This field trip will provide ESA delegates a practical overview of how applied research, innovative technologies, and stakeholder engagement can deliver outstanding outcomes for habitat preservation and threatened species conservation in Australia.

ITINERARY:

Depart Melbourne at 7:45. Arrive at Urquart Bluff for a presentation of Fauna Refuges of the Otway Ranges. Travel to Bunjil Mirr Lookout. Welcome to Country by Wadawurrung Traditional Owner Aboriginal Corporation. Presentation on Joint Land Management arrangements between Parks Victoria, Forest Fire Management Victoria and Traditional Owners.
Travel to Denhams Track. Attendees will be ferried from bus to lookout via Parks Vic/DEECA 4WDs. View Denhams Track Phosphite aerial spray trial viewing area. View the impact of Phytopthora cinnamomi with visible disease fronts, as well as the identified habitat refuge at the gully. Field Air contractors will be invited to speak about the aerial phosphite trial. Parks Vic to present on the predator control program, particularly in relation to the improvements being trialled out of Anglesea.

Mobilise for Carlisle, Peppermint parade. Conservation Ecology Centre to present on feral pig control and lessons learned as a community not-for-profit leading invasive species management. Melbourne University to present on Fire and feral predator interactions.

Mobilise for Melbourne via Colac, arriving back in Melbourne by 6:15pm.


Western Treatment Plant, Werribee

Date: Friday 13 December

Departure time: 0900

Return to Melbourne: 1700

Participation fee: $95 inc GST per person

What to bring: You are advised to wear long sleeves and long pants, with closed-in shoes.

The Werribee Western Treatment Plant processes 50% of Melbourne’s waste each day, but is also one of the best places in Australia for birdwatching. The site is an approximate 1 hour drive from Melbourne, enjoying views along the way of the Great Ocean Road and the Dandenong Ranges.

The Treatment Plant is made up of a number of lagoon systems, which typically contain 10 large ponds. These ponds are a safe-haven for birds throughout the year.


Starvation Creek (Forest Global Earth Observatory Network Site)

Date: Friday 13 December

Departure time: 0900

Return to Melbourne: 1700

Participation fee: $95 inc GST per person

Tour Leader: Professor Patrick Baker, University of Melbourne

What to bring: You are advised to wear long sleeves and long pants, with closed-in shoes.

The forest area at Starvation Creek near Warburton has provided the biggest and most detailed study of its kind, and will help scientists understand how climate change and fire affect trees. The survey – which took 15 months to complete – identified, measured, mapped, tagged and painted a stripe on every tree with a diameter larger than the width of a finger within 16 hectares.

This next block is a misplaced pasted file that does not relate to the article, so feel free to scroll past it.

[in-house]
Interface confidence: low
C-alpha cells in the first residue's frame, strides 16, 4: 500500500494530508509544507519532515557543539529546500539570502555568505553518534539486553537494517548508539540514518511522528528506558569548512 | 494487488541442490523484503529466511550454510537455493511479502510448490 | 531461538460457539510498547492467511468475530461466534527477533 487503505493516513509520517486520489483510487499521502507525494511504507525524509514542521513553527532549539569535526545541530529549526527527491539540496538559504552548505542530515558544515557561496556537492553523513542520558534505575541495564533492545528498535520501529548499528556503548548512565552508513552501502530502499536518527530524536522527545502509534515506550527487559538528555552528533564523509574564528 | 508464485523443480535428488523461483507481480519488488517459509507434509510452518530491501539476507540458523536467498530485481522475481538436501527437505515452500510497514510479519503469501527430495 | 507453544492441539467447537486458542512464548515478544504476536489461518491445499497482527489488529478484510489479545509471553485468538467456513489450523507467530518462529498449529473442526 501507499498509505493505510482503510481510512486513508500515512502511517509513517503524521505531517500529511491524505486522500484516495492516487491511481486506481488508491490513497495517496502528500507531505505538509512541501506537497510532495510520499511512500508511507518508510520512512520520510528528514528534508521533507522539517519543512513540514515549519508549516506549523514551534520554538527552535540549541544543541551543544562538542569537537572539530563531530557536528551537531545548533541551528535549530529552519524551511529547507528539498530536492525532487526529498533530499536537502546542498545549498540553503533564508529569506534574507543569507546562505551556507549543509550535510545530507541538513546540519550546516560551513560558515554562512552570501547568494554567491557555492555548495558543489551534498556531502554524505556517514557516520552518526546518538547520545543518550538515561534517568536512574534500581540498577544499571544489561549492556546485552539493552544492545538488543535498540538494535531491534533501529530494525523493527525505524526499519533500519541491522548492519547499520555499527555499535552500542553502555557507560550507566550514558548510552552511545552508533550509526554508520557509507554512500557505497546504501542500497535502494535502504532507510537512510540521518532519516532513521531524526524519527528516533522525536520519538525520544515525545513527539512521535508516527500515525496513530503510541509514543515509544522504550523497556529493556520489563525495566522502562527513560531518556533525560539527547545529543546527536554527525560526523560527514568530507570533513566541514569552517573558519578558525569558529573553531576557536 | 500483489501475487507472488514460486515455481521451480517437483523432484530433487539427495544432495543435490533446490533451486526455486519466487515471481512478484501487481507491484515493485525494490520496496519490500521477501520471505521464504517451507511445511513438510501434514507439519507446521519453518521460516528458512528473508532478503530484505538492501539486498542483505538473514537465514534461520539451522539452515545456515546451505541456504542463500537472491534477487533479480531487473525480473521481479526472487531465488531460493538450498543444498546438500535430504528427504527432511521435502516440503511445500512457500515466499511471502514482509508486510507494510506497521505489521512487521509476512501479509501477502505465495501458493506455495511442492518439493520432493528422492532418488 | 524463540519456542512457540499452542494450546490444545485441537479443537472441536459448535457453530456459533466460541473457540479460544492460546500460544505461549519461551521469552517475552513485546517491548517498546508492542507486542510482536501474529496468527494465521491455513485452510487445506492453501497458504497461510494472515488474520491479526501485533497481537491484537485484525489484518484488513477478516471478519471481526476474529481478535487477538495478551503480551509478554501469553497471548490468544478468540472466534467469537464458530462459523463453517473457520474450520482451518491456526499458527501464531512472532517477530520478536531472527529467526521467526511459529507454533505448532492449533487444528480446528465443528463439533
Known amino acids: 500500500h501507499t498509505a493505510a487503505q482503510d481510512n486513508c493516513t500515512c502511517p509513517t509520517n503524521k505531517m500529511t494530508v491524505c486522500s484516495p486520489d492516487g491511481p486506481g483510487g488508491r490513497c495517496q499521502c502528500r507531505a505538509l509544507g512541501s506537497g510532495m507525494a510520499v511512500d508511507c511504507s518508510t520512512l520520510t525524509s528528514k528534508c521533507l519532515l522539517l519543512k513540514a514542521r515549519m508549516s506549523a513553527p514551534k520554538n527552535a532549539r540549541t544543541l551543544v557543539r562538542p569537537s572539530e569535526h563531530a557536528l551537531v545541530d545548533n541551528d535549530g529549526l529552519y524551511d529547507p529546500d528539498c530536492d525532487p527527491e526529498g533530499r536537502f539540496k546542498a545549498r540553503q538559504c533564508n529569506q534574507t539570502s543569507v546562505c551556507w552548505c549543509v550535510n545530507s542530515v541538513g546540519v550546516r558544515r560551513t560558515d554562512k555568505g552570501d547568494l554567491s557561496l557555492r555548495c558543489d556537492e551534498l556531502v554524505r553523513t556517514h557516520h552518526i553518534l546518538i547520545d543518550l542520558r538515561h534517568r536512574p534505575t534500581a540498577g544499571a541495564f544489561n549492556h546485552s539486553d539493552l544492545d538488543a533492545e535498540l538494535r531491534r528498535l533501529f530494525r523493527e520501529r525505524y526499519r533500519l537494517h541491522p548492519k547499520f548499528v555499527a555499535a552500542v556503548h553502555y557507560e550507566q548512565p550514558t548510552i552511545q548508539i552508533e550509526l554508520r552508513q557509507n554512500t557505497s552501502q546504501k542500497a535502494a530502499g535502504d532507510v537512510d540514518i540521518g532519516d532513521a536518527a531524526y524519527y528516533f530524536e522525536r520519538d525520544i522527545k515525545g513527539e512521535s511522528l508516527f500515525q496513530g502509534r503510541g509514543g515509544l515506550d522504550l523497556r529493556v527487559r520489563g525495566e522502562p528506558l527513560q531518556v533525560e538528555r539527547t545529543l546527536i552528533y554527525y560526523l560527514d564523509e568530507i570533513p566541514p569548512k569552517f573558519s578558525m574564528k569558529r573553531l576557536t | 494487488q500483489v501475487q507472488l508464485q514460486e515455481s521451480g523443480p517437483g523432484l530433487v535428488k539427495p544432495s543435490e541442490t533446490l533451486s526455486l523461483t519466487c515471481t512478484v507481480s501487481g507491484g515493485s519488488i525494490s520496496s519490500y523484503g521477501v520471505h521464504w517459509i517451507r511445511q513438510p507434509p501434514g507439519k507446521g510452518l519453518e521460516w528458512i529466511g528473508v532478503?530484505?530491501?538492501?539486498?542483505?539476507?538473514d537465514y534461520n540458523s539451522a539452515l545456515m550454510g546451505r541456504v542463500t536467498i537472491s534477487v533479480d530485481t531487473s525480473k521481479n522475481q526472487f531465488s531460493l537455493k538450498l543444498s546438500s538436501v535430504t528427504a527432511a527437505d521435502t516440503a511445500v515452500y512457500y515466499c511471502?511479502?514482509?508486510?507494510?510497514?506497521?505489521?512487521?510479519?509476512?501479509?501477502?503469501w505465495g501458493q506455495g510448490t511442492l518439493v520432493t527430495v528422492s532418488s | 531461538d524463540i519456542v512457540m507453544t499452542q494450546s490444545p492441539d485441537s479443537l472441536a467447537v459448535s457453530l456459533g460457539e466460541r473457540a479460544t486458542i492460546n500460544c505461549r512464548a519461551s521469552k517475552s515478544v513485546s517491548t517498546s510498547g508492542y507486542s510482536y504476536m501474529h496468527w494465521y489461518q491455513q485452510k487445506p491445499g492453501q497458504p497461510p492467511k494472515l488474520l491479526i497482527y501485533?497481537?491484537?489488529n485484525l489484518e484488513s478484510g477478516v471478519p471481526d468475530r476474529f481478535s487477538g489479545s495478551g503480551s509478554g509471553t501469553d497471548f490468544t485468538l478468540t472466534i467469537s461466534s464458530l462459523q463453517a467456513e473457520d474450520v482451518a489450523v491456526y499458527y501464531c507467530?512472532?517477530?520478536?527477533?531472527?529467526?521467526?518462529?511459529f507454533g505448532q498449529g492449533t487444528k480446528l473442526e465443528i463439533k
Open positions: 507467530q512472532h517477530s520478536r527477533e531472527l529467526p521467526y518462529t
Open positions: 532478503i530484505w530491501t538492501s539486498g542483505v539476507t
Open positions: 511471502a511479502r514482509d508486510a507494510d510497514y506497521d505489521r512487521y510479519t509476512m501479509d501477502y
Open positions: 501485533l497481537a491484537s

Although the first in Australia, this plot is one of many around the World in the Forest Global Earth Observatory (ForestGEO).


Koorie Heritage Trust Scar Tree Walk

Dates: Friday 13 December

Time: 0930-1030

Depart from: Koorie Heritage Trust (The Yarra Building, Federation Square, Flinders St &, Swanston St, Melbourne

Participation fee: TBA

Please note, this walking tour covers a distance of approximately 1.25km

The Scar Tree Walk is a unique cultural experience that blends traditional and contemporary aspects of Aboriginal cultures and histories of the Kulin Peoples. Accompanied by knowledgeable Cultural Experiences Guides, the tour starts at the Koorie Heritage Trust and leads you through the Birrarung Wilam (River Camp) Aboriginal art installations. These installations provide a backdrop to the walk and offer a glimpse into what you will experience on the journey.

As you cross the William Barak Bridge, which spans Batman Avenue, you will gain insight into the historical significance of these two prominent figures who have played a vital role in shaping the history of Narrm (Melbourne) for both the local Aboriginal peoples and settlers. Once you cross the bridge, you will enter a traditional Kulin Nation meeting place, which has become a significant contemporary gathering spot for not just Melbournians and Victorians today, but also internationally as a home for sports and events.

Here, you will learn about the ongoing local Aboriginal culture in the setting of major sporting events at the MCG, before culminating at the Scar Trees, a protected cultural heritage site. This site offers a glimpse into a 60,000+ year-old history and culture within a contemporary, modern setting.